It’s 8:45 and the house is quiet. Nat is asleep in bed and I have a small, warm dog curled up on my lap. It’s a peaceful evening and I feel a sense of contentment on this cold night. I’m finding I’m able to experience happiness and gratitude and laughter, even though a deep layer of sadness always seems to lurk underneath. I feel as if every day is a battle to get up and accomplish tasks and keep everything in order. It can be so overwhelming to keep everything together when I feel like I’m falling apart. I often don’t feel like doing the things I have to do but I’m discovering if I just take one step forward, others will usually follow. I rarely accomplish everything I think I should have done in a day, but every task completed, no matter how small, is a victory.
This morning I felt heavy as lead and weary in body and spirit. I wanted to stay curled up in bed all day, oblivious to life and responsibility. I wanted no part in it. The daily routine appeared so empty and pointless. But I got out of bed and I decided I was going to pretend there was a point to everything, whether it felt authentic or not. I think there’s validity to all emotions but they shouldn’t predict or control how we act. I completed a small decluttering job that I’ve been putting off for ages, and although it didn’t make me feel a whole lot better, it was a step forward. That step led me to the next until I finally had worked myself back into a place where I felt a renewed sense of purpose and determination. I continue to write down goals and plans and dreams and on the days where nothing seems to matter and I want to give up, I make the decision to keep walking towards them. It will matter again some day and I want to be ready.

Christmas crafting



Several weeks ago, my daughter’s teacher sent home a note in her planner.

The class was doing a holiday gift exchange and whoever wanted to participate could sign up. The rules were simple. The gifts had to be handmade and they had to be created out of every-day household items that were already available.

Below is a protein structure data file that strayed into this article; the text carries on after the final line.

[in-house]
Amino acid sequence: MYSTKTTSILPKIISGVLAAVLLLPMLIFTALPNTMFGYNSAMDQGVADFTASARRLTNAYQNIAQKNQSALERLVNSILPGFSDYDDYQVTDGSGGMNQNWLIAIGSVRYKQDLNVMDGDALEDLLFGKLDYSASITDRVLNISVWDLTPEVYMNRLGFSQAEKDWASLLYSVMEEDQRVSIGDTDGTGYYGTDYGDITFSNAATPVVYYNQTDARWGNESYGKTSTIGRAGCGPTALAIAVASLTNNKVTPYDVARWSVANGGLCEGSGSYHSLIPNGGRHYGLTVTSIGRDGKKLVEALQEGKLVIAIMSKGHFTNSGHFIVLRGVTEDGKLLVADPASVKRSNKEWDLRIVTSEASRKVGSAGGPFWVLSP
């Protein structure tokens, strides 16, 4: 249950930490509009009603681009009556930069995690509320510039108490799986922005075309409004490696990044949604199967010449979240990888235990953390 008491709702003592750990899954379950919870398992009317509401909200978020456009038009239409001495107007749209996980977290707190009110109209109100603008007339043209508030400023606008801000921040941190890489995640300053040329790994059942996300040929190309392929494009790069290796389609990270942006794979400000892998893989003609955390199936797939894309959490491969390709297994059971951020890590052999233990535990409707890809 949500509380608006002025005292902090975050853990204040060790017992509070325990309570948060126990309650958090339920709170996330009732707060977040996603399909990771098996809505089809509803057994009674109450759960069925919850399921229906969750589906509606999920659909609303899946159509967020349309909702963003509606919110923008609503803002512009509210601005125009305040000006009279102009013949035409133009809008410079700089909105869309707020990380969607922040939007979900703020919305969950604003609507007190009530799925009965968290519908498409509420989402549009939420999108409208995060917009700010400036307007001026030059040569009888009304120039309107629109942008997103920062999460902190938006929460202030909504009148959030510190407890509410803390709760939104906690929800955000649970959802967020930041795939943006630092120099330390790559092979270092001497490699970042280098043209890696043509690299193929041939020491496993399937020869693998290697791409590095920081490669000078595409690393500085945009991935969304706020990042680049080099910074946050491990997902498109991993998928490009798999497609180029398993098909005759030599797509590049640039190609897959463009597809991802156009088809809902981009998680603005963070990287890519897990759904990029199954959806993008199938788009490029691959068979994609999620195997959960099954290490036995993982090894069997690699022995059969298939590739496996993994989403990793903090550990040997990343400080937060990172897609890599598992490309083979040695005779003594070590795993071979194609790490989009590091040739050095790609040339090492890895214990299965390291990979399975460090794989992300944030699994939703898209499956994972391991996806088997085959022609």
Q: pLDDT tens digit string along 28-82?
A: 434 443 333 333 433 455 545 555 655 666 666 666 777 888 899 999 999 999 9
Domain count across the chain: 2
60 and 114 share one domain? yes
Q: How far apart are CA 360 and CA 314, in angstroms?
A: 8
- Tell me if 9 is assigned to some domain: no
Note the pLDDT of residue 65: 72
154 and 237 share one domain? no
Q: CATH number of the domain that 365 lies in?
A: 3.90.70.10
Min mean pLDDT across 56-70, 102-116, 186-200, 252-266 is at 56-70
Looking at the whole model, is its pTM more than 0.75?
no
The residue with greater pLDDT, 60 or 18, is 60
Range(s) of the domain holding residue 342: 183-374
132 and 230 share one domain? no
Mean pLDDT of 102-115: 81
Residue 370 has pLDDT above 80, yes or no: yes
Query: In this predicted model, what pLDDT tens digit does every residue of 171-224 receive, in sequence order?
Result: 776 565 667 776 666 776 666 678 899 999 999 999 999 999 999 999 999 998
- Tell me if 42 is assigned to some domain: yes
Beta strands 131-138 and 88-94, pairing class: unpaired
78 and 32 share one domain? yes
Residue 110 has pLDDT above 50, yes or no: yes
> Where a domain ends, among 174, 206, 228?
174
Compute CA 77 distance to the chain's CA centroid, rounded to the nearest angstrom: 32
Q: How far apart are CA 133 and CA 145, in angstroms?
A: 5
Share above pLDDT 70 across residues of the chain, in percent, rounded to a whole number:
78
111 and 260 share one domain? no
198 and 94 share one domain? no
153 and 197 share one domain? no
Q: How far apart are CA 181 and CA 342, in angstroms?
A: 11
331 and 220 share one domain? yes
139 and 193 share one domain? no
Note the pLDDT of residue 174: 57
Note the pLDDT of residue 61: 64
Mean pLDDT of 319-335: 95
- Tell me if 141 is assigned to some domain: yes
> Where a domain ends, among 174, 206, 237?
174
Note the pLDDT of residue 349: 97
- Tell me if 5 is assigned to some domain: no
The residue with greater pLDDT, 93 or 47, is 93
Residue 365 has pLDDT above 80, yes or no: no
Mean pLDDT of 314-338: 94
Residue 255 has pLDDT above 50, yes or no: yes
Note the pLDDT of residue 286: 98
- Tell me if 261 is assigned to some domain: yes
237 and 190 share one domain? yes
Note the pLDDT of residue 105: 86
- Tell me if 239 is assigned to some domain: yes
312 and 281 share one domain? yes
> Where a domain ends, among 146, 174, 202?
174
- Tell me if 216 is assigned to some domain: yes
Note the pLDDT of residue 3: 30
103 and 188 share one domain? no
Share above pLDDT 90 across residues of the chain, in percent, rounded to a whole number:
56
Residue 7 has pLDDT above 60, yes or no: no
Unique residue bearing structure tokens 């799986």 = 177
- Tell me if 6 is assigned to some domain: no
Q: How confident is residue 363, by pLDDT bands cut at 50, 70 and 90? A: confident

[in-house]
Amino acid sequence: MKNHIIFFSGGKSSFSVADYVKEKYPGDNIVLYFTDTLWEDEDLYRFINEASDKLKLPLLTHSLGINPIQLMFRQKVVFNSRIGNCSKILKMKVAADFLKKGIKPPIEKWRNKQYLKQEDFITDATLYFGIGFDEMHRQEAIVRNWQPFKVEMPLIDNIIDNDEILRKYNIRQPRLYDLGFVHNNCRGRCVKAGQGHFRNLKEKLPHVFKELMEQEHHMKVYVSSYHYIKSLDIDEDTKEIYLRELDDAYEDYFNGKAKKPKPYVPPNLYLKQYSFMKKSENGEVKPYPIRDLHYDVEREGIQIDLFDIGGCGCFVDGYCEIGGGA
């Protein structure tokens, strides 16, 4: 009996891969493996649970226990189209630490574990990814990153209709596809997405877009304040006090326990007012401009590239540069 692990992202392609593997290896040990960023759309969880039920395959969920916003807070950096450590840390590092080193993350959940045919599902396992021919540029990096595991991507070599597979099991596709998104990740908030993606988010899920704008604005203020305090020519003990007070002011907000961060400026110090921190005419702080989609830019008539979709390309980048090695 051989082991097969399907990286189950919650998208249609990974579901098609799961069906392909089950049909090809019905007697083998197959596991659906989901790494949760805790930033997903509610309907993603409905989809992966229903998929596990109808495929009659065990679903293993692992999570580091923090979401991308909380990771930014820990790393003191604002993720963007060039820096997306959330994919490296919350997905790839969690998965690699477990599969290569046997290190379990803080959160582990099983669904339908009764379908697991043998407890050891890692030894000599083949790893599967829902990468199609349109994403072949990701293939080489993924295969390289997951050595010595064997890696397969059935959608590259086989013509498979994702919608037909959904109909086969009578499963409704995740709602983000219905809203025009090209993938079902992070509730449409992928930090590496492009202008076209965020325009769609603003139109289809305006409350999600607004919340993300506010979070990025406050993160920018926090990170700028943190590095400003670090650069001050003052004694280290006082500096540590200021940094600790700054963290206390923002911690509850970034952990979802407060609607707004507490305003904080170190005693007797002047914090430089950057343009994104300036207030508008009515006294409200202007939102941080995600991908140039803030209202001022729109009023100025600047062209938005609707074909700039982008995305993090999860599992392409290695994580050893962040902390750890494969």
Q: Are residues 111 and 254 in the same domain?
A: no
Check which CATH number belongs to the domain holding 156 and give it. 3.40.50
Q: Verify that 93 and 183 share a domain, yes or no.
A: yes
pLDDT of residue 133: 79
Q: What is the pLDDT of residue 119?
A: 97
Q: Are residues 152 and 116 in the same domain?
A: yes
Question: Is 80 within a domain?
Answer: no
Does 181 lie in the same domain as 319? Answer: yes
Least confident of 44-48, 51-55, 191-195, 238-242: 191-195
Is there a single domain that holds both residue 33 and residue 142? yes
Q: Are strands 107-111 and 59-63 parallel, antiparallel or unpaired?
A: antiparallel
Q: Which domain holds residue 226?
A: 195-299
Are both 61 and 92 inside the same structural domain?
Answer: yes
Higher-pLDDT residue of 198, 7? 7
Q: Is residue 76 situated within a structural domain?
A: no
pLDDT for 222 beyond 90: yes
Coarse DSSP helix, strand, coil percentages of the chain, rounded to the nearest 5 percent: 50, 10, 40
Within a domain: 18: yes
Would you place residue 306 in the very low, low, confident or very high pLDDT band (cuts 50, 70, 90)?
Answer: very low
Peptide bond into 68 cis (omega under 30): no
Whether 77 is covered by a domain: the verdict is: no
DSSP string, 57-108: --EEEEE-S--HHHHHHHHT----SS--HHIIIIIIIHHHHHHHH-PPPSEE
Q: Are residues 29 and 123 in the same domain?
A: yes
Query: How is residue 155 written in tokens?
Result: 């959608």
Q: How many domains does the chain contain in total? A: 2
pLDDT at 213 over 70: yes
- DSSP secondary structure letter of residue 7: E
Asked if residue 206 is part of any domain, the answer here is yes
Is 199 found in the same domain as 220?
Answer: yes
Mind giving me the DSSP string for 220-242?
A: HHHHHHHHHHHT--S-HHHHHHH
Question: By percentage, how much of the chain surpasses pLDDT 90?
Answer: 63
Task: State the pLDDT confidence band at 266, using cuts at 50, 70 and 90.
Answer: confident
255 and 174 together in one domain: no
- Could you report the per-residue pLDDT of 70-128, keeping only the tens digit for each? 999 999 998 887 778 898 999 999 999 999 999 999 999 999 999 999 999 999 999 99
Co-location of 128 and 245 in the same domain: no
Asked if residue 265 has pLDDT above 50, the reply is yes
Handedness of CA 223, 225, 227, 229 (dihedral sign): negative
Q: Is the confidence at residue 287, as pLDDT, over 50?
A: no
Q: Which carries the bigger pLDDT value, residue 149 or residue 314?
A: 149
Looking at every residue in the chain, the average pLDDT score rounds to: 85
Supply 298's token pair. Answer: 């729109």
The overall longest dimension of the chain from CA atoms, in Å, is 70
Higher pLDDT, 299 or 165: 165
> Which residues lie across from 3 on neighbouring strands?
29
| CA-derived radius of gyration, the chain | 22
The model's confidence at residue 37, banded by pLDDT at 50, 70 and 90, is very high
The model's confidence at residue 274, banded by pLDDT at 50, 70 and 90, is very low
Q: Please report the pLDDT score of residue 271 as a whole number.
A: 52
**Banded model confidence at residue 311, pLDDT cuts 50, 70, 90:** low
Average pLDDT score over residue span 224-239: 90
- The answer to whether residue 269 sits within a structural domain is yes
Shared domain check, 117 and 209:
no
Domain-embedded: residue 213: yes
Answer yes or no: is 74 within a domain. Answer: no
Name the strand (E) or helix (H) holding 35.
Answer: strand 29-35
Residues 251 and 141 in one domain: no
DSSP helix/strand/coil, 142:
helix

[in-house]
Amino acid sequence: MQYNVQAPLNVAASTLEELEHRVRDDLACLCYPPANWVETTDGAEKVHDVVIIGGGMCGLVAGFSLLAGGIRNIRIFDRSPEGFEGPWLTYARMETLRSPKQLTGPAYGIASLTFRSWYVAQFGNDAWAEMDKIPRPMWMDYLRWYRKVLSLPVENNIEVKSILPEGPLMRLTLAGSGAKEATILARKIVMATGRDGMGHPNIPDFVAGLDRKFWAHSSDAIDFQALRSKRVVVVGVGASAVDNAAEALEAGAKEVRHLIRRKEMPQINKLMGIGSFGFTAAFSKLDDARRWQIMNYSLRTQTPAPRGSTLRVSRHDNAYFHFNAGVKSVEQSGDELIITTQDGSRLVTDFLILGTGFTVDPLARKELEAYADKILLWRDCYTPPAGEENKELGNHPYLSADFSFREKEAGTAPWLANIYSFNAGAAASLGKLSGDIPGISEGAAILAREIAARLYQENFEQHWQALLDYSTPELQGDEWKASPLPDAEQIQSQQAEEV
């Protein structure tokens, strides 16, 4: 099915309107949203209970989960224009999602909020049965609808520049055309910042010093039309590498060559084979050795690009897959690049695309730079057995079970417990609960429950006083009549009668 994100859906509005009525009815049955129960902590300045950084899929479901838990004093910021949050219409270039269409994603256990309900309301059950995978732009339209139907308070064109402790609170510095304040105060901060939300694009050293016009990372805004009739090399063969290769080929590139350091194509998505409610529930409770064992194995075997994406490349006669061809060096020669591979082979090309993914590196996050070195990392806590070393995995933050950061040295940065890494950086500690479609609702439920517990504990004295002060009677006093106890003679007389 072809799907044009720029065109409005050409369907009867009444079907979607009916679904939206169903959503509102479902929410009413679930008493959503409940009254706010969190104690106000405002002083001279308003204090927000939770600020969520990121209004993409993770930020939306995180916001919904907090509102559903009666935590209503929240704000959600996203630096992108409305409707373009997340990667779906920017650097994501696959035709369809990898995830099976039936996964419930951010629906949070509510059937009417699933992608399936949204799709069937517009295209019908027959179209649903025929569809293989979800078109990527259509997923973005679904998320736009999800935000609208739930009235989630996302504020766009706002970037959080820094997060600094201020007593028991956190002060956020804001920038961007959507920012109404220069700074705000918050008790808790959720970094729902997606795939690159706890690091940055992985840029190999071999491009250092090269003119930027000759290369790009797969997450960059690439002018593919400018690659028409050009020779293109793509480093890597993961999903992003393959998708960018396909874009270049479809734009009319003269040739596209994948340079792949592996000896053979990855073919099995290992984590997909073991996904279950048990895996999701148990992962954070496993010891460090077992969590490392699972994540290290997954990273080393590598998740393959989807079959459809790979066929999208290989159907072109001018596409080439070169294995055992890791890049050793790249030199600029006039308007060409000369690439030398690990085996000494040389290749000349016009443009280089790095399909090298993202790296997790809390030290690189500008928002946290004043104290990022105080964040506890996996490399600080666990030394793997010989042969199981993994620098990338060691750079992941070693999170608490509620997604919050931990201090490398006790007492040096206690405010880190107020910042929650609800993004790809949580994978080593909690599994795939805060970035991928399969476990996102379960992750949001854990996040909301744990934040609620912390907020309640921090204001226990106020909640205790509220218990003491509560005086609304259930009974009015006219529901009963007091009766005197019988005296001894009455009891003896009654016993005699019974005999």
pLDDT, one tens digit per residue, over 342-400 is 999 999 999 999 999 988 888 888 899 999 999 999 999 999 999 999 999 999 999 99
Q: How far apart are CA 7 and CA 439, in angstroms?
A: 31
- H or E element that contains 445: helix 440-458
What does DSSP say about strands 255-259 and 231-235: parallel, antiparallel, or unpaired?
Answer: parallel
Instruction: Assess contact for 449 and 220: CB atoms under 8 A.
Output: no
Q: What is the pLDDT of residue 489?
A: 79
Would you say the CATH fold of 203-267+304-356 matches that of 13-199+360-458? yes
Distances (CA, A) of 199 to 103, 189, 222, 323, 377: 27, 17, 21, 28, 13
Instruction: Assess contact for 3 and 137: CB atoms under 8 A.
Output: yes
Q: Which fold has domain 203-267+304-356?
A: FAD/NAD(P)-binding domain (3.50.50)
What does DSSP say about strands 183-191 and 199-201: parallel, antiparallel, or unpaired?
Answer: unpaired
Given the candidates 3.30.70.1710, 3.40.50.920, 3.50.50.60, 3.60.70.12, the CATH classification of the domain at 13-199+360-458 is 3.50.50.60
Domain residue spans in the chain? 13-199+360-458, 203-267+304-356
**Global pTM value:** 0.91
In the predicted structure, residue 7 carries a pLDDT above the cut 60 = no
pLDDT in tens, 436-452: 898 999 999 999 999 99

“Oh mom, let’s do it!” Nat said.

With some trepidation I signed the permission slip and agreed to give it a shot.

Although I enjoy scrolling through Pinterest as much as the next mom, my attempts at crafting seem to always fall short. Far short. Nat’s enthusiasm, however, had rubbed off on me and it didn’t take long to come up with an idea. We decided to make ornaments using three simple ingredients already in our kitchen: Flour, water and salt.

It doesn’t get much easier than that and a fresh snowfall from the day before created the perfect atmosphere for holiday crafting. We turned on the Christmas music and spent the afternoon creating in our cozy kitchen.

Together, we measured out the flour and salt and mixed it together and then slowly added warm water until we had a thick paste. We had to roll up our sleeves and get our hands in it to get it mixed completely and I had to use a little extra water to get the right consistency, but eventually we had a nice firm ball of dough. Natalie was tempted to try it and pinched off a tiny bit to taste but ended up spitting it out in the trash. It was salty enough to melt ice.

Once the dough was smooth with no lumps or dry flour remaining I broke it into several smaller balls and added food coloring to each one. You can also cut out shapes, bake and then paint but I liked the baked in color better. Using a pie/cookie cutter, I created green leaves, plain stars and blue snowflakes and then punched a hole in the top with a drinking straw. We baked them on a cookie sheet lined with parchment paper for approximately an hour and then cooled them on the counter before spraying them with a clear coat spray to protect them. I love the way they turned out and not only will Natalie be bringing one to school for her gift exchange but I plan to give them out at Christmas as gifts as well. It was an easy craft that allowed my daughter and I to spend a cozy afternoon baking in the kitchen. And it was pretty easy cleanup as well.

For all of you parents looking for a way to keep the kids busy and create a lasting memory that can be brought out each Christmas, here is the recipe:

Four cups of flour

One cup of salt

One and a half cups of warm water

Then either add a few drops of food coloring beforehand and then bake or pop them in the oven and then decorate them after. Either way you’ll have a beautiful, handcrafted ornament with lasting memories!